Corporations Use Fine Print to Avoid Lawsuits by Consumers
Getting a credit card, a cell phone or cable service or even accepting a job can mean giving up right to sue the company you’re dealing with.
The New York Times found in an investigation of consumer and employment contracts crafted by corporations that more Americans are being legally prevented from suing businesses, and instead are forced into arbitration hearings that prevent individuals from banding together to fight those with deep pockets. These restrictions are often buried in the fine print of contracts, and must be accepted by consumers and workers if they want their phone or new job.
“By inserting individual arbitration clauses into a soaring number of consumer and employment contracts, companies like American Express devised a way to circumvent the courts and bar people from joining together in class-action lawsuits, realistically the only tool citizens have to fight illegal or deceitful business practices,” according to The New York Times.
The arbitration clauses have become what some judges call a “get out of jail free card” for corporations because they result in plaintiff giving up his or her right to a day in court.
Numerous class-action lawsuits have been thrown out because of arbitration clauses, such as one by Time Warner customers who claimed they were mysteriously overcharged.
The Times’ Jessica Silver-Greenberg found other examples: “A top executive at Goldman Sachs who sued on behalf of bankers claiming sex discrimination was also blocked, as were African-American employees at Taco Bell restaurants who said they were denied promotions, forced to work the worst shifts and subjected to degrading comments,” she wrote.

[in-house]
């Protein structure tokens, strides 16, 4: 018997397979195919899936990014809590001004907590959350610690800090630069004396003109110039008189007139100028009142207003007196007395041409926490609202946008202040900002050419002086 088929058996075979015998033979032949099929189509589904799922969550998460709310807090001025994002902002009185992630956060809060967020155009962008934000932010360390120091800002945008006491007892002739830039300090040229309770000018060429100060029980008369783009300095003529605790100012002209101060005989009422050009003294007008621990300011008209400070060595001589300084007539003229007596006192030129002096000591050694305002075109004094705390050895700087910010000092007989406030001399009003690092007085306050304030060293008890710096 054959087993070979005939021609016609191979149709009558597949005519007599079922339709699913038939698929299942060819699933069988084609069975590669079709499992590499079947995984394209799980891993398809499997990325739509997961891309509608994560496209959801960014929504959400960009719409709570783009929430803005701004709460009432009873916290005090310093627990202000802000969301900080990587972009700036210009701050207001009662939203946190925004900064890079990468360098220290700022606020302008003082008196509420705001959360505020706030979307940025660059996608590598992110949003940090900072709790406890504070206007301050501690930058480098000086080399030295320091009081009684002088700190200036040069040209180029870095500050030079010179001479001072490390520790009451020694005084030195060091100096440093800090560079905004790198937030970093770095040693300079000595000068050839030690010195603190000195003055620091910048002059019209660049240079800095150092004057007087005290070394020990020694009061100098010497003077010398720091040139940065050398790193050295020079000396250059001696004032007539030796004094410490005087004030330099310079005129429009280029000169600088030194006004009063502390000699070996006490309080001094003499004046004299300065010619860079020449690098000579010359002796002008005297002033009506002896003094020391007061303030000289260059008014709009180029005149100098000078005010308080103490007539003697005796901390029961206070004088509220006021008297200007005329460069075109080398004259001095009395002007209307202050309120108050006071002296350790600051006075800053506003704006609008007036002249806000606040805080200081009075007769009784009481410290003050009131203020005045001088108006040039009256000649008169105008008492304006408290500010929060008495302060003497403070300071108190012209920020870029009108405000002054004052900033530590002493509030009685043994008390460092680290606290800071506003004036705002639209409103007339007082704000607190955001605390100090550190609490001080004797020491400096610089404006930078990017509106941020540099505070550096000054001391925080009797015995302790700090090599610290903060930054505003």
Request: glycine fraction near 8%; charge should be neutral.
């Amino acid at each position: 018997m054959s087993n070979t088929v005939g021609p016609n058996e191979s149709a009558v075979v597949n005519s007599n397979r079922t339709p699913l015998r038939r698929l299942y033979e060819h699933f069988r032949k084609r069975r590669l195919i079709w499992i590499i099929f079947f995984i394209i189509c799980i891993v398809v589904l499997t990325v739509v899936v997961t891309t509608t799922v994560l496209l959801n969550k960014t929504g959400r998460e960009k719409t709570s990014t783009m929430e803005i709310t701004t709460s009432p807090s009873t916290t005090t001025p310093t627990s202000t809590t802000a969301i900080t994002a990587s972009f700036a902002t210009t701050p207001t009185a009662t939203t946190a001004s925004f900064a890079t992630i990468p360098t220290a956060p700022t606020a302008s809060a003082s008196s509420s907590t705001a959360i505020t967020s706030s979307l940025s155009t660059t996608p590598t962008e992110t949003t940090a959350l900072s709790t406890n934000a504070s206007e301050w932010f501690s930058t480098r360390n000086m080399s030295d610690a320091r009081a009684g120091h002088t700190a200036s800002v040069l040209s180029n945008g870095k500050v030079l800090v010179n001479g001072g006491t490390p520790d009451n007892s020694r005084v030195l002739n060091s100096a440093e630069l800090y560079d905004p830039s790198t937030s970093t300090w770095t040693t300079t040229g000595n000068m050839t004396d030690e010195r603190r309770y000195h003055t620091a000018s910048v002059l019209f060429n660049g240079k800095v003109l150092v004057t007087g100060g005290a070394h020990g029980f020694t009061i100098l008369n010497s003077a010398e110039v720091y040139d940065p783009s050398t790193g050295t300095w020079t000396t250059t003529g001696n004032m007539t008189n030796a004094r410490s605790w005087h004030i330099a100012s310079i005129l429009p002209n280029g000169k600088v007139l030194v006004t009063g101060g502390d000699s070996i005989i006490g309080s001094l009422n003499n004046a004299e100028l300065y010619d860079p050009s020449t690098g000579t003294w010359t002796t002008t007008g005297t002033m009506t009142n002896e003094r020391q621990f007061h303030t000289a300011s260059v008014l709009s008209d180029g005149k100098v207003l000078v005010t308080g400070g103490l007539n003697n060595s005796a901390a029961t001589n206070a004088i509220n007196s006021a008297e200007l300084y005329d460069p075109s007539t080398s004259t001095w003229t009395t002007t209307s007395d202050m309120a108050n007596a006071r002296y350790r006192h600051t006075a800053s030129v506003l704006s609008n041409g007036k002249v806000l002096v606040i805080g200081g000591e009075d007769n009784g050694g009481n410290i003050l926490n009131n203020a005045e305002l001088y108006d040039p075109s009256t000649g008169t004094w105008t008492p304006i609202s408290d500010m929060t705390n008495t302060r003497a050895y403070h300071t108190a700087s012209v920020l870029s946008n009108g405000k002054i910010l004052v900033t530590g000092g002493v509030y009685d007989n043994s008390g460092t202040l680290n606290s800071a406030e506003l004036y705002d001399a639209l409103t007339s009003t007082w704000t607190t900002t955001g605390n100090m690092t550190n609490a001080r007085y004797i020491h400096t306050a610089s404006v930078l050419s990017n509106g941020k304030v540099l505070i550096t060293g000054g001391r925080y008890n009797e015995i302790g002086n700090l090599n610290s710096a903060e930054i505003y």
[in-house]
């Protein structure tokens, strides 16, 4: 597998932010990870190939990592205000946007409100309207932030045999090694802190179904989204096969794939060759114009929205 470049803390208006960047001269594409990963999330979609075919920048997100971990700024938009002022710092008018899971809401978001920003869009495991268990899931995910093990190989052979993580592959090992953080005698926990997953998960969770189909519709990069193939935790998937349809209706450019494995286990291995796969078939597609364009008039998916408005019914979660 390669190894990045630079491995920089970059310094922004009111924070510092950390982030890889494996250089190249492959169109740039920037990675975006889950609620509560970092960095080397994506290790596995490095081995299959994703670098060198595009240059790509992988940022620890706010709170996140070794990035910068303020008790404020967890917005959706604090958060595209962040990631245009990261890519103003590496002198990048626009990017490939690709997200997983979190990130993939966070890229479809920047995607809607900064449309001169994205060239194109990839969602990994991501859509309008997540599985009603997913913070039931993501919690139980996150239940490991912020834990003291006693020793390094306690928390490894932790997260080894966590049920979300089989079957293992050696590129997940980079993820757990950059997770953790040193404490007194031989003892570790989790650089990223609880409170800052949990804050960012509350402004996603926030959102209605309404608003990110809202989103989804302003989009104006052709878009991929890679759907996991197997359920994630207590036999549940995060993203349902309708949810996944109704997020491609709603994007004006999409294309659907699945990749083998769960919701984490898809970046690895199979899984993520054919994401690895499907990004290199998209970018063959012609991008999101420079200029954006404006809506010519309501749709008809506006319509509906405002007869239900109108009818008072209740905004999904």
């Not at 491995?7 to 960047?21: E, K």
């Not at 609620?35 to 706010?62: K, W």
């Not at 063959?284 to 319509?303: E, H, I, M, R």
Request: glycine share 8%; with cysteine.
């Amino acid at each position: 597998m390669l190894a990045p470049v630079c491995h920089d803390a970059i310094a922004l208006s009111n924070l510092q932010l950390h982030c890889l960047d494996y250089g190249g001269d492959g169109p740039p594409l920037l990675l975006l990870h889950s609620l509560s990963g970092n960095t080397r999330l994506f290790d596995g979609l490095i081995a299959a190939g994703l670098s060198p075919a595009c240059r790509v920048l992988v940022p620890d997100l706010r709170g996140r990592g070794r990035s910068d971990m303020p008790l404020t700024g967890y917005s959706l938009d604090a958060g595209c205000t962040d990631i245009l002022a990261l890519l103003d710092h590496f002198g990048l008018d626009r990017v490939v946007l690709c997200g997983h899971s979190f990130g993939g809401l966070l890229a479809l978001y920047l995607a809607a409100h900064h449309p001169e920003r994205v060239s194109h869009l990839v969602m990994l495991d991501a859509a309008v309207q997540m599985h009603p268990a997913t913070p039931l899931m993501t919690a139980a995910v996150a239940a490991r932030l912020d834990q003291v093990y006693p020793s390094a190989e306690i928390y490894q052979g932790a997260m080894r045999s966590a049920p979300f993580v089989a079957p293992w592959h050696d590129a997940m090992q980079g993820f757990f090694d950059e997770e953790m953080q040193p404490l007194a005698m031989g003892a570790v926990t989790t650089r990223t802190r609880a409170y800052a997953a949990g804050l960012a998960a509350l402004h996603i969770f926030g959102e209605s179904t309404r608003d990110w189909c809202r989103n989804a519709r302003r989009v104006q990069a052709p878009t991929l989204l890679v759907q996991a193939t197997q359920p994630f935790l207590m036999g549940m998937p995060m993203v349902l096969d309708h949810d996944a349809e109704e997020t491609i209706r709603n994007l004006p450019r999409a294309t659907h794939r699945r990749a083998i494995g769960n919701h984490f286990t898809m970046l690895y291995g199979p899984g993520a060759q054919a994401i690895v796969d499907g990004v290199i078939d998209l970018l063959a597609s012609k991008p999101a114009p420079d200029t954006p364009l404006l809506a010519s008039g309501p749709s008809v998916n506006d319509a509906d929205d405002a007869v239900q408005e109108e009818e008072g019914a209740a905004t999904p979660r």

William G. Young, a federal judge in Boston who was appointed by President Ronald Reagan, told the Times that the growing use of arbitration clauses represented one of “the most profound shifts in our legal history.”
“Ominously, business has a good chance of opting out of the legal system altogether and misbehaving without reproach,” Young said.
If there’s to be any change in this move toward companies acting as judge and jury in cases in which they’re the defendants, it will have to come from Congress, not the courts. One of the first cases involving required arbitration clauses that went to court was argued on behalf of Discover Card by an attorney named John Roberts. The court denied his petition to hear a case on class-action bans. When a case finally did reach the court, Roberts was chief justice and the case was decided in favor of arbitration proponents along the same lines as Roberts’ argument years before, according to the Times.
To Learn More:
Arbitration Everywhere, Stacking the Deck of Justice (by Jessica Silver-Greenberg and Robert Gebeloff, New York Times)
In Arbitration, a ‘Privatization of the Justice System’ (by Jessica Silver-Greenberg and Michael Corkery, New York Times)
Supreme Court Supports Companies Forcing Arbitration as Alternative to Class Action Suits (by Matt Bewig, AllGov)
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